Manual lymphatic drainage (MLD) surgery is part of Dr. Granzow’s FLOSM comprehensive lymphedema treatment system.
Dr. Granzow pioneered the first comprehensive lymphedema treatment system which fully integrates lymphedema surgeries and lymphedema therapy, known as the Functional Lymphatic Operations (FLO)SM System. Dr. Granzow’s treatment system has been consistent and effective in treating lymphedema patients from all over the world.
What makes Dr. Granzow’s lymphedema treatment system unique is his focus on matching the type of lymphedema treatment and surgery to each patient’s condition to produce the maximum effectiveness. The fact is that no single procedure is effective for all cases of lymphedema.
Currently lymphedema is thought by most authorities to be a permanent problem with little hope for a permanent cure. The mainstay of treatment has been non-surgical, massage-type therapy. This can be performed by a therapist with special training and may involve the use of special sequential pumps and devices.
MLD is a massage type therapy designed to move the lymphatic fluid and proteins out of the affected area and back into the circulation.
Complete decongestive therapy (CDT) may combine MDL, bandaging and compression garment therapy, breathing exercises and dietary measures.
NATIONAL LYMPHEDEMA NETWORK POSITION PAPER
The following information was found in the position paper by the National Lymphedema Network:
Lymphedema (LE) is a chronic condition characterized by the abnormal accumulation of interstitial fluid due to insufficiency of the lymphatic system. Lymphatic dysfunction may be related to primary malformation of the lymphatic system, or to secondary causes. The leading cause of LE in the United States today is cancer and its treatment.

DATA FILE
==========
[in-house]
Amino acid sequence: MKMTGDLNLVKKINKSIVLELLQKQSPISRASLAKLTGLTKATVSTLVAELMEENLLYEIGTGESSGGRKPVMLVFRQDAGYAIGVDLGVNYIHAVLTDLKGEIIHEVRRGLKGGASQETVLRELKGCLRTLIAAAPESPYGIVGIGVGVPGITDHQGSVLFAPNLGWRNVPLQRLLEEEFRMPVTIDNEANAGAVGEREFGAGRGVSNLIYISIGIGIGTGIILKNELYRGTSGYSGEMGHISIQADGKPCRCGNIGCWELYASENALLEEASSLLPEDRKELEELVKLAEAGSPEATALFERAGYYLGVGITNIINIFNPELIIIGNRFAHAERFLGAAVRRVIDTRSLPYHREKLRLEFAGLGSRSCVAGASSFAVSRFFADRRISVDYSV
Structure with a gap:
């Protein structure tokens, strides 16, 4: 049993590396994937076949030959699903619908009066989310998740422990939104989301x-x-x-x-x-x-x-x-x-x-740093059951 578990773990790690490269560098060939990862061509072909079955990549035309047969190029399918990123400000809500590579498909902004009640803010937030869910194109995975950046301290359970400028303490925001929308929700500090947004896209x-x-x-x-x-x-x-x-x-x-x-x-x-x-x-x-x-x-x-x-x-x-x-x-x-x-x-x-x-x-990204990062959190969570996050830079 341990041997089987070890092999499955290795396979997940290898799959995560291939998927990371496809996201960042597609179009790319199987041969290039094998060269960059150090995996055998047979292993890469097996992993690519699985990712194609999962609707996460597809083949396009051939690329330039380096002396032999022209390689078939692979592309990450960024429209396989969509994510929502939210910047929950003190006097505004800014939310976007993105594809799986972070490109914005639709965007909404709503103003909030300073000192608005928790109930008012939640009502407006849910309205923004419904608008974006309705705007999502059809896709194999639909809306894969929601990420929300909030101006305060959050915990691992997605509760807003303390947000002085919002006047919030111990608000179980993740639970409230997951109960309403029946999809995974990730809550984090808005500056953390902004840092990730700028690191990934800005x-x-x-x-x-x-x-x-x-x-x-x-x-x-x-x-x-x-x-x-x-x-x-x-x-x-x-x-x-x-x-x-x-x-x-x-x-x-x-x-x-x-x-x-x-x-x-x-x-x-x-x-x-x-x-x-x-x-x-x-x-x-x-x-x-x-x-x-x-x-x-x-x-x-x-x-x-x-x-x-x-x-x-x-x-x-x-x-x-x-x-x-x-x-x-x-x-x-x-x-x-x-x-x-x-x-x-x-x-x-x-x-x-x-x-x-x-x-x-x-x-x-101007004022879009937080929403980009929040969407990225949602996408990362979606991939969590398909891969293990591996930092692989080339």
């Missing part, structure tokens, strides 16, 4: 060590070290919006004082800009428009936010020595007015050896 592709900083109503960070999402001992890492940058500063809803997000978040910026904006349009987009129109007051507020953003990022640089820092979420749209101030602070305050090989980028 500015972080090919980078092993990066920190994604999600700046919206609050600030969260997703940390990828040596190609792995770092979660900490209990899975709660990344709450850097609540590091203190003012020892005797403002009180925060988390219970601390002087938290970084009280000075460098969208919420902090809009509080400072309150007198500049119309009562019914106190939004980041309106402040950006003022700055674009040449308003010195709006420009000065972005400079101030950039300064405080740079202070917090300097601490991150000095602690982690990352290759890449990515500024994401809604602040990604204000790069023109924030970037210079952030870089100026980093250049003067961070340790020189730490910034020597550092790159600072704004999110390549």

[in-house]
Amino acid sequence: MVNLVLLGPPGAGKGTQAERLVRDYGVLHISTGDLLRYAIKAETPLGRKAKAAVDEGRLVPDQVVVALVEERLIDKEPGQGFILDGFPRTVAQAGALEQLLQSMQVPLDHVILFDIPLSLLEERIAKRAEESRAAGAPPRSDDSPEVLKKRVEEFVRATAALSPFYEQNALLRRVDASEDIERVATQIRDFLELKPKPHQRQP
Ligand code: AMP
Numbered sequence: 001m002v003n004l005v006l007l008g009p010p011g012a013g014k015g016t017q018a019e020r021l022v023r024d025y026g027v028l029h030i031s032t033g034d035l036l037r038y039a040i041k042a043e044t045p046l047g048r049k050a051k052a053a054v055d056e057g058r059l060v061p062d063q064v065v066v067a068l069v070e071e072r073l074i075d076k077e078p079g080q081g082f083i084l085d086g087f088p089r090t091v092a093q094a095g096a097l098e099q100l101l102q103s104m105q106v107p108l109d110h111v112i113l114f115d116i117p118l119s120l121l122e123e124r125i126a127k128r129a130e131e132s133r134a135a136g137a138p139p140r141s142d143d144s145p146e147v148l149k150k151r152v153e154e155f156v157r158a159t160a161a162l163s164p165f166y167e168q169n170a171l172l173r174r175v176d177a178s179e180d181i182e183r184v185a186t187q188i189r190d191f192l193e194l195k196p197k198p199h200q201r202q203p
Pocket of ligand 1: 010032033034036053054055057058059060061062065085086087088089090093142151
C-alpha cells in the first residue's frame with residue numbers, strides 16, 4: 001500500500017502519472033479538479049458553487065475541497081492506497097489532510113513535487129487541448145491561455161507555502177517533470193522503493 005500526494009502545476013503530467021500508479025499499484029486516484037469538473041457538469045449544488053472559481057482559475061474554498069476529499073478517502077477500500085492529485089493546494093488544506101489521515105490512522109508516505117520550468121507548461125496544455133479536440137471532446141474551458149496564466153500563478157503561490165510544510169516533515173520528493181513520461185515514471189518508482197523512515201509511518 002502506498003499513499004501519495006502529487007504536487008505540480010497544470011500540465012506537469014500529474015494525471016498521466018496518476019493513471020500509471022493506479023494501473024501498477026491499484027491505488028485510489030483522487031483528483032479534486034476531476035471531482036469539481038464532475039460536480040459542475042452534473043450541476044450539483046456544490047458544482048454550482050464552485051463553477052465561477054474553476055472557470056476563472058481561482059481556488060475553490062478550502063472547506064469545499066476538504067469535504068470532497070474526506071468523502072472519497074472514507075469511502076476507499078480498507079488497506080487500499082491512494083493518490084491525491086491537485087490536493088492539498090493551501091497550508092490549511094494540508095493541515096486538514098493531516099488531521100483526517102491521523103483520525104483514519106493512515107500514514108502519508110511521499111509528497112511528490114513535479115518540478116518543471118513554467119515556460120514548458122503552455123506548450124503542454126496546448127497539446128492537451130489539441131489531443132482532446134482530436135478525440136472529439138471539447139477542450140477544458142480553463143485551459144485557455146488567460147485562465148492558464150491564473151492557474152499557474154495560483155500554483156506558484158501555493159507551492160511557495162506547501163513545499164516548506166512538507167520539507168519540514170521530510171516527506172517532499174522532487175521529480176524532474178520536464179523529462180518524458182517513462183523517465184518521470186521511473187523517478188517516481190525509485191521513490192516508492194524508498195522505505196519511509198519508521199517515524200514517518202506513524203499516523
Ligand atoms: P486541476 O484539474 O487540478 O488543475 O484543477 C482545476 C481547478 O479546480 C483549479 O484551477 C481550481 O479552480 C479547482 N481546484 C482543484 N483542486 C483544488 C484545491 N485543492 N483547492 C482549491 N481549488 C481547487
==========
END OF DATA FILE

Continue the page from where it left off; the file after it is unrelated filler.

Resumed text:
The progression of LE is characterized by swelling, as well as changes of the skin and subcutaneous tissue.1 Changes typically manifest as roughness, dryness, and hardening of the skin.2 Limbs may become grossly enlarged and distorted in contour with exaggerated skin creases, folds, and lobules.3 Progressive LE may be complicated by medical morbidity including recurrent tissue infections and non-healing wounds. Functional, psychological, and social morbidity can occur as well. LE has no cure but can be successfully managed following timely diagnosis with appropriate treatment. Diagnosis may require evaluation by a physician with expertise in LE and, when indicated, diagnostic testing.
TREATMENT OF LE: COMPLETE DECONGESTIVE THERAPY (CDT)
CDT is comprised of an initial reductive phase (Phase I) followed by an ongoing, individualized maintenance phase (Phase II). 4
The primary goals of CDT are to:
- Decrease edema
- Increase lymph drainage from the congested areas5
- Reduce subdermal fibrosis
- Improve the skin condition
- Enhance patient’s functional status6
- Enable the patient to adhere to an independent self-care program